Cheers, and thanks again for sharing your wonderful children with me!

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Thursday, October 02, 2008

Parent Teacher Conference Week, a short 'un

Greetings, all,

This week is a landmark one, and I'll finish landmarking it next week, since this one is a short one. We're out after half-day Thursday and then off Friday. Classroom teachers will be holding parent-teacher conferences during the "off" times and they are looking forward to seeing everyone to talk with you about your wonderful children.

What's the landmark? For the very first time I'm introducing 2nd graders to touch-typing, for real, with Type to Learn 3. This is a fun, challenging but not too-much-so, animated computer program designed to instill home-row-key typing skills in its users. We'll be spending considerable time this year in the computer lab working through its 25 lessons, or as far as we can go with it before other imperatives in the lab force us to move on and relegate its lessons to the realm of "free choice options." By the way, I also added several new links in the Webliographer's "Keyboarding" topic section, to online practice websites, and we'll explore those intentionally as the weeks go on, giving 2nd and 3rd graders resources that they can use anytime, anywhere, to practice their touch typing.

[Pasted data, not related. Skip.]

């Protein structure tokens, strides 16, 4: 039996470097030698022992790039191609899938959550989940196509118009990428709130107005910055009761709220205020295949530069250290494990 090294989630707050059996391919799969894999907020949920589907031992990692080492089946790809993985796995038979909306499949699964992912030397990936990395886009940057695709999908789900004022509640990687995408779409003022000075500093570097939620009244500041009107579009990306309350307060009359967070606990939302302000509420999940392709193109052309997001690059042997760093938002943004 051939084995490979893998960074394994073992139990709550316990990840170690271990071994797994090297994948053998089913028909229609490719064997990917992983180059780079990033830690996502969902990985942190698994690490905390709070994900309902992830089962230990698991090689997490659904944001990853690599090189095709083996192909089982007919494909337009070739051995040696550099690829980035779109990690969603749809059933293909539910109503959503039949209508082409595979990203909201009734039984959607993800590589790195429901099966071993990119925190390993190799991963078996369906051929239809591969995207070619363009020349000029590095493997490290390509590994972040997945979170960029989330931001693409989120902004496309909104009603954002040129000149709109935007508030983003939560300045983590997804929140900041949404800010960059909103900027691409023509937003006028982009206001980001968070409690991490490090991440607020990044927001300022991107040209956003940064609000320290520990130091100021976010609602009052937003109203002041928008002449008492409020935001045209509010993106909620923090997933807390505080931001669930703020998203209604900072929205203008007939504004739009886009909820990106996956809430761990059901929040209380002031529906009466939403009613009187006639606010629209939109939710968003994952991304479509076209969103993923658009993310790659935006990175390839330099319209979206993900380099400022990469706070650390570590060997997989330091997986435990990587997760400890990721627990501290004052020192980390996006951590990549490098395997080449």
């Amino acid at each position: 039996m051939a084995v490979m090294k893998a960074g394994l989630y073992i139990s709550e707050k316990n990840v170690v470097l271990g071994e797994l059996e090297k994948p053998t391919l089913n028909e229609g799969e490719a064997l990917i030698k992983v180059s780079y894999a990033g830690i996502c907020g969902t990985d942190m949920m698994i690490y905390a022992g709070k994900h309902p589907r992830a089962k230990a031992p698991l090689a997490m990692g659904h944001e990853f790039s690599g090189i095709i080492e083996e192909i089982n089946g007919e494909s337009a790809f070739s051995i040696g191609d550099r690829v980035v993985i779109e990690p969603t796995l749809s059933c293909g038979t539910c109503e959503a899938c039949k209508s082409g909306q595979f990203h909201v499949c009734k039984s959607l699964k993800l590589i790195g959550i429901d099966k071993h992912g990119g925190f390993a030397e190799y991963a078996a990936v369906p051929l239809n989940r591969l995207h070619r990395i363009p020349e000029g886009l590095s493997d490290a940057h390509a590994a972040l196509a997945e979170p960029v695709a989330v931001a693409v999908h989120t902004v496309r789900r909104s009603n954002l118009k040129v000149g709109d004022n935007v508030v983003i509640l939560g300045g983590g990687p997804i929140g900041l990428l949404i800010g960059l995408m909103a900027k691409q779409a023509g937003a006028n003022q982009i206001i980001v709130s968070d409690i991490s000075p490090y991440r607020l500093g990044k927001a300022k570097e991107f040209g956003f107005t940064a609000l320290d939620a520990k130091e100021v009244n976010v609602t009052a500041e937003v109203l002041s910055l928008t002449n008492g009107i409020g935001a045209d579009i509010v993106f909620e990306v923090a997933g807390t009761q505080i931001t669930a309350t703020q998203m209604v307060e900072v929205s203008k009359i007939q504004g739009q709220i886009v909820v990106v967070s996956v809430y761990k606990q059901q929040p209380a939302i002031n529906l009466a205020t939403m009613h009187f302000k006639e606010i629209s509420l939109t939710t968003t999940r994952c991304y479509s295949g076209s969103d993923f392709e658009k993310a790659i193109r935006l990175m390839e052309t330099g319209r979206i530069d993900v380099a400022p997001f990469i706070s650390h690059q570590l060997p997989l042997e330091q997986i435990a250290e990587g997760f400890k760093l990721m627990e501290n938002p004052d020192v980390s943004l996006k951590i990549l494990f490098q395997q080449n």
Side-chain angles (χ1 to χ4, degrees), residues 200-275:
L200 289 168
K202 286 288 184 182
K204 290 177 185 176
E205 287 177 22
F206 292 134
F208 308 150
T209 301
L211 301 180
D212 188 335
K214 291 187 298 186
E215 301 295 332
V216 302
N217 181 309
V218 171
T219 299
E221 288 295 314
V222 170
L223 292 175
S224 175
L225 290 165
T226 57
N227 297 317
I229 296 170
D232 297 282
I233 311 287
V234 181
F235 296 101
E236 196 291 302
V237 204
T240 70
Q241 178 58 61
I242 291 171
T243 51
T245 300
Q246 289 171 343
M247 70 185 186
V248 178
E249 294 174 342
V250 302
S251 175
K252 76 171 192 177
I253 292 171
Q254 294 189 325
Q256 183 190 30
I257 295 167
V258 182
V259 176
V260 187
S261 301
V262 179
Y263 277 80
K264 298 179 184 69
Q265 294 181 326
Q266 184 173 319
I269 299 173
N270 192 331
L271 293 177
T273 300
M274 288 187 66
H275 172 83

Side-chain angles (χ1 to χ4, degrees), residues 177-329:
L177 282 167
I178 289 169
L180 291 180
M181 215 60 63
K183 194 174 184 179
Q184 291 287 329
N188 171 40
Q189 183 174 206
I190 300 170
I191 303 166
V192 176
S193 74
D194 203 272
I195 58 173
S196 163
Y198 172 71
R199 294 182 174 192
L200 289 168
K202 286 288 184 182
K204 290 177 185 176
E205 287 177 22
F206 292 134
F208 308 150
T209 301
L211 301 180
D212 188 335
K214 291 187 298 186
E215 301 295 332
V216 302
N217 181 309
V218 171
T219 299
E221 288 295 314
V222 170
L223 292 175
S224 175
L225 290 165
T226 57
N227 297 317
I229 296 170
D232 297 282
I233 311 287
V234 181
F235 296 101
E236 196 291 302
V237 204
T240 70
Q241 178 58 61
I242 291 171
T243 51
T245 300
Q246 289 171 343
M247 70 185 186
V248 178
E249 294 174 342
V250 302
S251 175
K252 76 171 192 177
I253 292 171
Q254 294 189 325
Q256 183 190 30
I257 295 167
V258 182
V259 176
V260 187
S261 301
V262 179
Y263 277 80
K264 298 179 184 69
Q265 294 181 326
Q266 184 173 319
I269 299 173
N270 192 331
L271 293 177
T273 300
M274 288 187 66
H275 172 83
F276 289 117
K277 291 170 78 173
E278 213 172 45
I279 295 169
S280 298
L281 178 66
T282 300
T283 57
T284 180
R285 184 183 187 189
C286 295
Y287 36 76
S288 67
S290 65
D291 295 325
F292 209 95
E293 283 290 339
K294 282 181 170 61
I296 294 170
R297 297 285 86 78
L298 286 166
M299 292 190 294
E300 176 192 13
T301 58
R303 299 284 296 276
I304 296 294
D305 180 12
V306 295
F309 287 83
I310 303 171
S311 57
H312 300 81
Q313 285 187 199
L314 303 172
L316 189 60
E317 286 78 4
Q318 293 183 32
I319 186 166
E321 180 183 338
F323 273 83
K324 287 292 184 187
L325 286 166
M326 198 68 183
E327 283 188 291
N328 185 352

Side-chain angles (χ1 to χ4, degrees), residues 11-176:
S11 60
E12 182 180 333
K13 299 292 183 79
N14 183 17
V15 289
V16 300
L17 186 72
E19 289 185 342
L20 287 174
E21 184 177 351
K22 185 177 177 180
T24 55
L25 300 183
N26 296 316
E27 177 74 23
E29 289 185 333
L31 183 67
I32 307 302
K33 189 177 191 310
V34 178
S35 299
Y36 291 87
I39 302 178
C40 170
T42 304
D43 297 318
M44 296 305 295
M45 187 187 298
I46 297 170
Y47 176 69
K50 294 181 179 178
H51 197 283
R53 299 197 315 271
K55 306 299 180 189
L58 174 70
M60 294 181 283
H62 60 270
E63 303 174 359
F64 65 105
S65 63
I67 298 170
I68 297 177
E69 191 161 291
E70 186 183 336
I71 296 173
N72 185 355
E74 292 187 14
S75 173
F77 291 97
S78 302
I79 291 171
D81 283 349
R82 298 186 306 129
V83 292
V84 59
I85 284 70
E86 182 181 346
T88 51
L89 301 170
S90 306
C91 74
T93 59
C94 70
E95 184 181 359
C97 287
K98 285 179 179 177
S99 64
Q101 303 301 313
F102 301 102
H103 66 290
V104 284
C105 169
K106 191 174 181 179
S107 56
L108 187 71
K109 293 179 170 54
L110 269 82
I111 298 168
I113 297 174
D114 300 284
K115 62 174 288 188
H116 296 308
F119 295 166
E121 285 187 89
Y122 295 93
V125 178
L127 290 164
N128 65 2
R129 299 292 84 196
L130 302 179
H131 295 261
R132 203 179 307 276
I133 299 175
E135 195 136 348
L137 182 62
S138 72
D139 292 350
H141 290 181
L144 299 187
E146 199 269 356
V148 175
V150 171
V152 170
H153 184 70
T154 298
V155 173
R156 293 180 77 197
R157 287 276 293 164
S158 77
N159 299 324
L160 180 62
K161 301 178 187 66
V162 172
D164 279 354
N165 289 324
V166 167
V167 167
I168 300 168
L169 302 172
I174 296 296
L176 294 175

This decision is largely one based on the broad progress in our children's writing output brought about by last year's writing initiatives in the lower school. I believe that as children are writing more they should have the option of typing and if they are typing any significant amount they should begin learning correct (efficient) keyboarding skills so that they don't develop the incorrect (inefficient) ones that they may be forced to "unlearn" to improve upon. So right now, with 4th graders knee-deep into Keyboarding for Kids, and 2nd graders joining 3rd graders in Type to Learn 3, we are all about typing in the Lower School Technology for Learning lab.

All, that is, except the Kindergarten and 1st graders, who are all about K-1 Go Here, the little portal I long ago designed for those whippersnappers at our Webliographer. These young folks began to explore the other three "centers" at the portal this week, including Li'l Fingers Storybooks, PBSKids Between the Lions, and one of my very favorites, Boobah. We'll look more closely at those three kid-friendly sites over the next couple of weeks before jumping into computer-facilitated art, or "artputer."

That's all this week, excepting for a couple of pictures I'd like to share in a slideshow. Note the glee on the faces of the Kindergarteners who explored the completely wordless (all image and sound) Boobah, especially the one child who discovered that one of the characters he could play with on using his mouse was a ringer for his father, so he made all the characters on the screen into his dad! Also note the seriousness in the eyes of the 2nd graders. That's a good thing (though they're having fun, too, especially with the "Key Figures" in history that they are rewarded with during one of Type to Learn 3's activities.